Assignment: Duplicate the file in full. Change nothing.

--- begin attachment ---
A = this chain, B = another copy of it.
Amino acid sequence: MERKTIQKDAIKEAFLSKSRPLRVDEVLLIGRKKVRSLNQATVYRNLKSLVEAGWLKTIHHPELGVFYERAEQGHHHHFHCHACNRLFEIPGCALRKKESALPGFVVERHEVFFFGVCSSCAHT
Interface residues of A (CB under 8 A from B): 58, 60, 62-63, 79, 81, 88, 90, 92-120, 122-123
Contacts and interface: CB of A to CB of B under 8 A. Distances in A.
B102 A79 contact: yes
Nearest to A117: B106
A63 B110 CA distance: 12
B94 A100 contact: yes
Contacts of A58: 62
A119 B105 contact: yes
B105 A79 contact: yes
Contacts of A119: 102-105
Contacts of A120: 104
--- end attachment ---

A = this chain, B = another copy of it.
Amino acid sequence: MERKTIQKDAIKEAFLSKSRPLRVDEVLLIGRKKVRSLNQATVYRNLKSLVEAGWLKTIHHPELGVFYERAEQGHHHHFHCHACNRLFEIPGCALRKKESALPGFVVERHEVFFFGVCSSCAHT
Interface residues of A (CB under 8 A from B): 58, 60, 62-63, 79, 81, 88, 90, 92-120, 122-123
Contacts and interface: CB of A to CB of B under 8 A. Distances in A.
B102 A79 contact: yes
Nearest to A117: B106
A63 B110 CA distance: 12
B94 A100 contact: yes
Contacts of A58: 62
A119 B105 contact: yes
B105 A79 contact: yes
Contacts of A119: 102-105
Contacts of A120: 104